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. Last Updated: 07/27/2016

The Lessons of Dead Presidents

It's amazing the number of dead presidents who've been exhumed to prove it's all right to trash the U.S. Constitution.

I'm referring to people who cite the authoritarian excesses of previous chief executives as reasons we shouldn't fear President George W. Bush's plans to run terrorists through military courts.

If these seriously threaten the rule of law and principles of civilian supremacy, so what? Some commentators have dusted off the corpse of John Adams, the second president, who rammed through the Alien and Sedition Acts of 1798, a hateful package of legislation aimed at Irish immigrants and dissenters who dared criticize the government. In 1800, Adams was mercifully defeated by Thomas Jefferson. America went back to the normal rules.

Since we only occasionally get presidents as great as Jefferson, I'm not sure how reassured I am. Abraham Lincoln may be a better example than the unfortunate Adams. He suspended the right of habeas corpus during the Civil War, a bit of overkill hardly justified when the Union enjoyed such disproportionate advantages of manpower and industrial resources.

Woodrow Wilson imagined himself one of the most high-minded men who ever lived. But he allowed his attorney general, A. Mitchell Palmer, to practice indiscriminate persecution of suspected radicals that went down in history as the infamous "Palmer Raids."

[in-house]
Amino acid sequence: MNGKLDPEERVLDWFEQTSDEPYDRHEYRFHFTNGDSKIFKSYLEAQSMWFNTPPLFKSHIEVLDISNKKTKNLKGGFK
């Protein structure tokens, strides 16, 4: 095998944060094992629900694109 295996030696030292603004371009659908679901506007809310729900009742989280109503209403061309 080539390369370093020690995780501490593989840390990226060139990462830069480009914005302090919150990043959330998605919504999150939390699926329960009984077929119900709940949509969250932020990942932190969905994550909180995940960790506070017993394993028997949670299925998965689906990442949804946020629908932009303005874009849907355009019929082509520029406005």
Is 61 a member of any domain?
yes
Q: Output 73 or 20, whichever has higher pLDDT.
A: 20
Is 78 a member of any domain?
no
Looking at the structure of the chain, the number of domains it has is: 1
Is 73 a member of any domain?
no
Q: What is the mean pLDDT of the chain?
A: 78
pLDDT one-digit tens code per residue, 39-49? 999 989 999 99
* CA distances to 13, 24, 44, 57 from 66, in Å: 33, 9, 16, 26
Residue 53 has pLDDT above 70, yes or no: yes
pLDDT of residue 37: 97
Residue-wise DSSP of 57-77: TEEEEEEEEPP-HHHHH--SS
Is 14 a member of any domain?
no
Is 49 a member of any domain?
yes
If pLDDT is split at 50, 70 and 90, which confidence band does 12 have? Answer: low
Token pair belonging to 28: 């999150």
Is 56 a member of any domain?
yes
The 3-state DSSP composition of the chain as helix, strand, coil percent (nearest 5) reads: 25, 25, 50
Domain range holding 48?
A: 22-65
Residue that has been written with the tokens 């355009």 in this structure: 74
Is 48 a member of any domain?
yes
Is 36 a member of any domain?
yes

Franklin D. Roosevelt harnessed wartime hysteria to justify herding American citizens of Japanese ancestry into concentration camps.

The whole point is, I guess, that even our most saintly presidents commit atrocities that on longer reflection we wish they hadn't. But why are we so slow to learn that national emergencies are as perilous to civil liberties as the "evildoers" who make up the ranks of the known enemy?

J. Edgar Hoover's reputation with the right wing is not as exalted as it was when he was using a pathetically weak domestic communist menace to justify many of the extra-legal excesses for which his FBI is remembered. For one thing, conservatives squirm uncomfortably at evidence he led a double life dressed in sequined ball gowns.

Would that Bush's track record suggested greater resistance to incautious infringement of civil liberties in the name of security. He cut his teeth in the Texas justice system best known for executing people at the fastest rate in the nation.

If Hoover had had his life to live over again, there's no evidence he wouldn't be the same paranoid, self-promoting oaf. But who doubts that Adams, Lincoln, Wilson and Roosevelt would have preferred a place in history less flawed by their momentary lapses of good sense? I hope Bush knows enough history to realize his place in it is at stake.

Robert Reno is a columnist for Newsday, to which he contributed this comment.